New York is home to a dozen restaurants that serve a hamburger for $60 or more. If you find that pricey, you don’t have to order it. New York (and other first-tier cities) also are home to coffee that sells for $135 a gallon and bottles of water that cost $10 each.
If you’ve attended an event in a top-tier city in the past few years, there’s a good chance you’ve unknowingly consumed one or both of these pricey items. Meetings and events held at hotels get their catering from the in-house F&B team. Contracts prevent outside food from being served, so event hosts are at the mercy of the venue’s pricing.
That results in cookies that cost $100 a dozen, and granola bars that sell for $9 each. Meetings and conferences continue to get battered in the press for their high budgets, but the reason behind those costs is a vital and untold part of the story.
Add it up. Repeat.
Food isn’t the only area in which prices are shockingly high. Hotels often charge porterage fees even if you carry your own bags. And while many hotels offer free Wi-Fi in public areas, Wi-Fi in meeting rooms runs anywhere from $250 to more than $1,000 per day.
Want an LCD projector for your breakout meeting? That’ll be $500 plus tax and a 28 percent surcharge. The room to accommodate that projector often comes with a rental fee of $500 to $100,000 per day, depending on its size.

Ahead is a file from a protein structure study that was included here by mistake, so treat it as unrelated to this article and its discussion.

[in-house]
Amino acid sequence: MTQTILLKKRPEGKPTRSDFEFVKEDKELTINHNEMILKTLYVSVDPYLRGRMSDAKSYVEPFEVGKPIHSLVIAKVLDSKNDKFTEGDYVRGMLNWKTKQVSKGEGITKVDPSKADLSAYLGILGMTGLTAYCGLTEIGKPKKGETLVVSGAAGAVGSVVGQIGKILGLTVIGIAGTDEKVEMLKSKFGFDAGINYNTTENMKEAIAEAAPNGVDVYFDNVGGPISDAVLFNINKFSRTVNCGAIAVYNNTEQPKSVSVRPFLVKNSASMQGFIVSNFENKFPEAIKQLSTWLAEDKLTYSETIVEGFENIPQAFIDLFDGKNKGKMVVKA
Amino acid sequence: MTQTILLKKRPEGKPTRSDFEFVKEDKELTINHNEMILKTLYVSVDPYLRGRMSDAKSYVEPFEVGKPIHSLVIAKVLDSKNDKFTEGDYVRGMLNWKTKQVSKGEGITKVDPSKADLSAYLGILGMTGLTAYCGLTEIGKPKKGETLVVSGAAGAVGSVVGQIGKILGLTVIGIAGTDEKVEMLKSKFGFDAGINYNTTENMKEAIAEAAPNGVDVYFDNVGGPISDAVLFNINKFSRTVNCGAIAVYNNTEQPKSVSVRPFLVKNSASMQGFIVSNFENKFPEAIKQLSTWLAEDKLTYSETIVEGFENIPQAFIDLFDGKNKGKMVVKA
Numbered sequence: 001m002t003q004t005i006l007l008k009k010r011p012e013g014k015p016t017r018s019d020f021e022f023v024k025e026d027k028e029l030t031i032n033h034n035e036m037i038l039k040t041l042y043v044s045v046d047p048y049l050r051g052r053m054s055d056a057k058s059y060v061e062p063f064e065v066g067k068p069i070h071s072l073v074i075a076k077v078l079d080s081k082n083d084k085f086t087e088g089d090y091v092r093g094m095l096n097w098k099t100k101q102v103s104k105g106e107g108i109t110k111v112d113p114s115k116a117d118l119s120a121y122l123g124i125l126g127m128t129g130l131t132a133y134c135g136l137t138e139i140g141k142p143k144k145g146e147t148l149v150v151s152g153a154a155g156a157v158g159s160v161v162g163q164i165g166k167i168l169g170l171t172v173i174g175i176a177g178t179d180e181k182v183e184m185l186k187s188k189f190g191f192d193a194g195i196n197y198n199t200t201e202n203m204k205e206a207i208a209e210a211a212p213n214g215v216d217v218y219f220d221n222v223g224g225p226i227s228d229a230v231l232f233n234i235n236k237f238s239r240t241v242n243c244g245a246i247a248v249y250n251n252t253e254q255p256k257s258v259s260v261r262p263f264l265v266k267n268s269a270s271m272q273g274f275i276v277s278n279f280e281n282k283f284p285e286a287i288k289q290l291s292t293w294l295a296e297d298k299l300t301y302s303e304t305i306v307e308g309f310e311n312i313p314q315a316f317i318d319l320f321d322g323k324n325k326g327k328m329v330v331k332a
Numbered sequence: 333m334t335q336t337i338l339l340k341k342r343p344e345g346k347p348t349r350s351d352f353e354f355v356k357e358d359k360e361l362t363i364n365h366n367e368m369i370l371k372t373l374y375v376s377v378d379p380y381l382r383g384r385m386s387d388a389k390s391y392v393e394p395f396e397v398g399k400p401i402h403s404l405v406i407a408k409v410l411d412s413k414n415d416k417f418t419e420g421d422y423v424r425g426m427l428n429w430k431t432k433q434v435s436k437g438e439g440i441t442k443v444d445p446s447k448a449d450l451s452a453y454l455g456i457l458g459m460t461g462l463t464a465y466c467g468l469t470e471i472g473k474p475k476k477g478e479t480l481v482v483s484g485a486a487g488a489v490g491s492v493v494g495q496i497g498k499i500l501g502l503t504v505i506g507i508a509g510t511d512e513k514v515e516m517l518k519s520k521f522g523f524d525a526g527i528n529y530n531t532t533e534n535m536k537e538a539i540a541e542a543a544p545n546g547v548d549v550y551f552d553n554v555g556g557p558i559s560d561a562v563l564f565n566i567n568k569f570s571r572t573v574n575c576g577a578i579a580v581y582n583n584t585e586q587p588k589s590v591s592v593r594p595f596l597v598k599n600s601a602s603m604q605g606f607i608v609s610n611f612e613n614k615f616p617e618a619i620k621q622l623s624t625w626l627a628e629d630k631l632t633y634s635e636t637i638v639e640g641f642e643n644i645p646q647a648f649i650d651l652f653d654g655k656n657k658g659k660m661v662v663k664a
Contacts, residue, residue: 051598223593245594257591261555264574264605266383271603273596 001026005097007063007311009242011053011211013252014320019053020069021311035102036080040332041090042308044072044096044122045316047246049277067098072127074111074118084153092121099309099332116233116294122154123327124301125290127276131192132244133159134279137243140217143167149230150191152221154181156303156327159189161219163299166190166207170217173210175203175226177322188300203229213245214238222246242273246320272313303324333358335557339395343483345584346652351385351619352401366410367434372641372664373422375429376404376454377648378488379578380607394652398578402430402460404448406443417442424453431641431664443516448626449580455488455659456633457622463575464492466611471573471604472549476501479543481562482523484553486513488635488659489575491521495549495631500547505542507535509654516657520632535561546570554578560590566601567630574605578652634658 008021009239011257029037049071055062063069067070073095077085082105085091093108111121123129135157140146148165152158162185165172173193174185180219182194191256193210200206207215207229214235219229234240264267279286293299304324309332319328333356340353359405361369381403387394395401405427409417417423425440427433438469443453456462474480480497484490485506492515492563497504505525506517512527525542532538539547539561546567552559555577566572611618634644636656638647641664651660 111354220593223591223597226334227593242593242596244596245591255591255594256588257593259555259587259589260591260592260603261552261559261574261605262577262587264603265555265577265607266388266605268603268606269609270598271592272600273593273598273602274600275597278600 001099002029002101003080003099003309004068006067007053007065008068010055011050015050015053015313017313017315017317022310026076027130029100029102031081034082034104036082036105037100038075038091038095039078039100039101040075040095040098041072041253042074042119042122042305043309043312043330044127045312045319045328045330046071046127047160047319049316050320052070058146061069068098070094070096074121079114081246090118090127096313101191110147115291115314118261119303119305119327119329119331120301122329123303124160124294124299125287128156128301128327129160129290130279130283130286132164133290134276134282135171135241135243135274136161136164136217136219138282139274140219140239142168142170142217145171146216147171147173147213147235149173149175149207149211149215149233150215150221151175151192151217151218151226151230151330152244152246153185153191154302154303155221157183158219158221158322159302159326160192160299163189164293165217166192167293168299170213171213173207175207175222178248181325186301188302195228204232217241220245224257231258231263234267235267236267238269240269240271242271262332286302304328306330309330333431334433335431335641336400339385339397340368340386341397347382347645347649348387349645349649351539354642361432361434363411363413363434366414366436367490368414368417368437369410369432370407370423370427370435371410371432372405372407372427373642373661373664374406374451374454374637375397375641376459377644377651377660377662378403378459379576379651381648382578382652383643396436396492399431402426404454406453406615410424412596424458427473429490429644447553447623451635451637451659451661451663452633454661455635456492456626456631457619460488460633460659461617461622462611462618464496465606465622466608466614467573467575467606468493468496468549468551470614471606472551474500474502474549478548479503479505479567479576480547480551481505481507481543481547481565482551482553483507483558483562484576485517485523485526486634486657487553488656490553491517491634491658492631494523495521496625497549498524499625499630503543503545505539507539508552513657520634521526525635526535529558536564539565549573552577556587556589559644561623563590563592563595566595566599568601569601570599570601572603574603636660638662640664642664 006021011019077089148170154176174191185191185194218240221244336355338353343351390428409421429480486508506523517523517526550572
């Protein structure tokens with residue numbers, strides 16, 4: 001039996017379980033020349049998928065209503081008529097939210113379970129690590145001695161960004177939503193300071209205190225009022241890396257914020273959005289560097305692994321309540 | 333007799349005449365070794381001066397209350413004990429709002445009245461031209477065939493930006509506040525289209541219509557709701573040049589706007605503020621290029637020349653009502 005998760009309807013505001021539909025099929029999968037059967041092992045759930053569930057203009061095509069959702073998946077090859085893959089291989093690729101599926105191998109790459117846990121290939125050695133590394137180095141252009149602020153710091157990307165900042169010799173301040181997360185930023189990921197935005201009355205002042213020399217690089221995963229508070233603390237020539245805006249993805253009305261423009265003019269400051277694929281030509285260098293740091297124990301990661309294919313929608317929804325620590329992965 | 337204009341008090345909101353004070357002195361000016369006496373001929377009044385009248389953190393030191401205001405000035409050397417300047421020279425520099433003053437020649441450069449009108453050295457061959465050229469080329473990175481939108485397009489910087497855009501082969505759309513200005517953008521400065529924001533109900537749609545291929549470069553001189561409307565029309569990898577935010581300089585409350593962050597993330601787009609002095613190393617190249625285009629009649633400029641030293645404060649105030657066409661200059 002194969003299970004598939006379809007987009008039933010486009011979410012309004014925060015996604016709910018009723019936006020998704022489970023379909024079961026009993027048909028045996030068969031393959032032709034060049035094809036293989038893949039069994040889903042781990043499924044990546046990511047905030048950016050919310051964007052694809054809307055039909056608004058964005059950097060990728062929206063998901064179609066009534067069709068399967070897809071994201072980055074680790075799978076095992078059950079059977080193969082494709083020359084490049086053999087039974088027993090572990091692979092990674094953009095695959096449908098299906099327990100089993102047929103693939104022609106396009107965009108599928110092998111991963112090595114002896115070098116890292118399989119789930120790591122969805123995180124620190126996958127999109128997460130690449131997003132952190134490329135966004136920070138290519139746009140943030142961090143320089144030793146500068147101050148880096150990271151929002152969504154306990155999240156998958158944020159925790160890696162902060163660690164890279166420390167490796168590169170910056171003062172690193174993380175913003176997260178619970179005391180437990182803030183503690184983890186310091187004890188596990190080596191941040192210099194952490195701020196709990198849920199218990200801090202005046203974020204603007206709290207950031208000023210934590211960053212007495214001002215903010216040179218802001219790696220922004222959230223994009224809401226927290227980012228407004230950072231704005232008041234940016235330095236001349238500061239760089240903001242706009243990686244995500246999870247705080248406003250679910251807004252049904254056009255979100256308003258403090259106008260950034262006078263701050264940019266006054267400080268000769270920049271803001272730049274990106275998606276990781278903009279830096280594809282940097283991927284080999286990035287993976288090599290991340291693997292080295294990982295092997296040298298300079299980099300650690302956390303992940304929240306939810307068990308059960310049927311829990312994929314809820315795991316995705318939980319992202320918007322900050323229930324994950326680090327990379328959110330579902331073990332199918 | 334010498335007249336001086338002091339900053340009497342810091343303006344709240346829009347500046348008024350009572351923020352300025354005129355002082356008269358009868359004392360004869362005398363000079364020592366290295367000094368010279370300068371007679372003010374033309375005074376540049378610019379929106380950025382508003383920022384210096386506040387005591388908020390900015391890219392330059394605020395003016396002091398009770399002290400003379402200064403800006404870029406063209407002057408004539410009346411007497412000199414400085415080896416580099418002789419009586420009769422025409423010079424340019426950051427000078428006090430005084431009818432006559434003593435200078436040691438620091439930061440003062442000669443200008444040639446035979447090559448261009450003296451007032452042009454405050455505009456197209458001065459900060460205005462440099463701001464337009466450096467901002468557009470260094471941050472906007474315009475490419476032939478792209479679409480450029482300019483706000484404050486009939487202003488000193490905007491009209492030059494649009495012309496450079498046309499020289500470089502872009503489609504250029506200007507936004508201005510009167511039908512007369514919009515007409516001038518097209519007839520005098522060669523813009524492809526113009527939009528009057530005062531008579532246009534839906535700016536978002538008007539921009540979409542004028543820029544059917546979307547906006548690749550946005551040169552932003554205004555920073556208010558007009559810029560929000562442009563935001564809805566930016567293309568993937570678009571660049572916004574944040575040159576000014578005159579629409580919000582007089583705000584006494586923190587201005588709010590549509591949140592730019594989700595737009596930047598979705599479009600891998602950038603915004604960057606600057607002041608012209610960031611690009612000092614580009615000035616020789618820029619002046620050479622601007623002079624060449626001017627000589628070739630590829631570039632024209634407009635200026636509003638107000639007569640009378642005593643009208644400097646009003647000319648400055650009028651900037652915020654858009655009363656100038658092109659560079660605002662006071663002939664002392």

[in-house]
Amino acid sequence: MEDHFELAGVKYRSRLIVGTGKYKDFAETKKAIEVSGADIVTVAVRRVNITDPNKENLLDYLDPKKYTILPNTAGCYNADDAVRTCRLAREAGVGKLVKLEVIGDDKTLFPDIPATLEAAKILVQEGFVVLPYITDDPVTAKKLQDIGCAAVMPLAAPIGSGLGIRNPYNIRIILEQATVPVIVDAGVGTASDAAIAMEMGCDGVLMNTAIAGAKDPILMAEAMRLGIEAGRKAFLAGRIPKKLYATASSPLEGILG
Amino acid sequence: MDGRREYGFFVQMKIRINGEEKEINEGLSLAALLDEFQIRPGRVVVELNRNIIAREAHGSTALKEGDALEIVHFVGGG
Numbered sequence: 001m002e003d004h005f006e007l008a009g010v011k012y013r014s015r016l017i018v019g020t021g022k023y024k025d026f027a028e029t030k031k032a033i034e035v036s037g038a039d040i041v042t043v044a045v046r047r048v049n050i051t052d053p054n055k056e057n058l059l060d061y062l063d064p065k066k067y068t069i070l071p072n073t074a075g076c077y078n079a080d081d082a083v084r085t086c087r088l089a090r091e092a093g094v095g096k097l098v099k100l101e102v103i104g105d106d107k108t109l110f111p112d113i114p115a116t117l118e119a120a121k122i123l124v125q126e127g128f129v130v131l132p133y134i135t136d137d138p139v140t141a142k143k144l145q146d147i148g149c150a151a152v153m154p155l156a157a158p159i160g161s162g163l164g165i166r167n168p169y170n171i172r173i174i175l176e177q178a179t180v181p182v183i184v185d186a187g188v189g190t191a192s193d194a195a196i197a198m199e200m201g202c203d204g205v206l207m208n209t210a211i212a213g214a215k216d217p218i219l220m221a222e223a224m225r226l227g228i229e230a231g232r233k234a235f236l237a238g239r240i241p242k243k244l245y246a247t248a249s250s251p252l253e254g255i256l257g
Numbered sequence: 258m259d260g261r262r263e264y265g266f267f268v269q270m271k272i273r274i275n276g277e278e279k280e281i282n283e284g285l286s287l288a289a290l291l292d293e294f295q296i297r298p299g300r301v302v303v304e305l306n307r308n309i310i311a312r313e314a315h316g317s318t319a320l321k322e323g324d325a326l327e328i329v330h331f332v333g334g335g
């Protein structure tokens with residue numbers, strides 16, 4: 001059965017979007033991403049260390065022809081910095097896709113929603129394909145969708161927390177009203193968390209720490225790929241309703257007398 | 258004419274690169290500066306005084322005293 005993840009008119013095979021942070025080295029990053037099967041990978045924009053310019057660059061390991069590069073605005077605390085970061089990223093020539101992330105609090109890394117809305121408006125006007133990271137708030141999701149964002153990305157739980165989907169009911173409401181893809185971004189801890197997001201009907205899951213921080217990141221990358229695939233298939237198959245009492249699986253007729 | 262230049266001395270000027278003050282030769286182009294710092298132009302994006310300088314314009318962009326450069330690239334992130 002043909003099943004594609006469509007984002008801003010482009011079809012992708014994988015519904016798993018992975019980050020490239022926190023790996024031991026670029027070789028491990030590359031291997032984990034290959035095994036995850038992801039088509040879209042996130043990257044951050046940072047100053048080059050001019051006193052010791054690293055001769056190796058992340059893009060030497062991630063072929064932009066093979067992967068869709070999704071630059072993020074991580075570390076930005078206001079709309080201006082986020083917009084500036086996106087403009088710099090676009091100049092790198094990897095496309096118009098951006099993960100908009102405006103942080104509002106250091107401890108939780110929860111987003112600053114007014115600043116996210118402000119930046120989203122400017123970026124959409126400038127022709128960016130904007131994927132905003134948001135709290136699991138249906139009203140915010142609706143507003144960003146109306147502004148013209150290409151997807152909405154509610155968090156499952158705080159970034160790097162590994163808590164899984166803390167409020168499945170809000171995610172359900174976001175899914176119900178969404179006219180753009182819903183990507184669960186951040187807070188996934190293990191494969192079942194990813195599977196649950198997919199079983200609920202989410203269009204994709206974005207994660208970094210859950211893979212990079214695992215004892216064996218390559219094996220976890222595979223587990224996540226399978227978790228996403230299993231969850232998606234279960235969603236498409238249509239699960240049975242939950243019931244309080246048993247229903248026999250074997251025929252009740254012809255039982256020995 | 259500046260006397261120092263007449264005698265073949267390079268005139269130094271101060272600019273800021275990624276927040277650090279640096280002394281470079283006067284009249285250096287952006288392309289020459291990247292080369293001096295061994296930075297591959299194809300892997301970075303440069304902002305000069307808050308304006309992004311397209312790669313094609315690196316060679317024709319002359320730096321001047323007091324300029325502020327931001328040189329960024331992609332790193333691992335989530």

Want to feed your guests? Get ready to fork over almost $52 for a continental breakfast of coffee, juice, dry cereal and yogurt. Feeling generous? For $86 per dozen, you can add muffins and scones. Lunches average $85 for deli sandwiches; if you’d like to wash that ham on rye down with a beer, it’s $425 a keg.
If you need an extension cord or surge protector, you can rent it for $15 a day. Flip charts go for $75 a day, even though you use the same chart (but with markers) throughout your meeting.
Securing hotel rooms also is expensive. Prices are rising and groups must guarantee the number of rooms they’ll use, often long before that number can be confirmed. Empty rooms mean an emptier wallet: Customarily only 10 percent of a contracted block can be dropped without having to pay for unused beds.
So while the acrimony over wasteful spending continues, perhaps it’s not only meeting planners who should be under fire.
Face-to-face interaction is the most effective way to build and develop relationships. Companies know this and host live meetings to get those benefits. Venues know live meetings are essential, that weddings and celebratory events need appropriate space, and that if all venues follow the same pricing guidelines there’s no getting around it for the consumer. That puts the people hosting meetings at the mercy of suppliers’ pricing demands.
To be fair, hotels have labor costs and overhead expenses that must be covered. But clearly, there is a disconnect somewhere as clients crack under the strain of costs and hotels continue to cry poverty. Perhaps if both sides came together and met to discuss the issue, a solution could be found. There’s just one problem: No one can afford to host that meeting.
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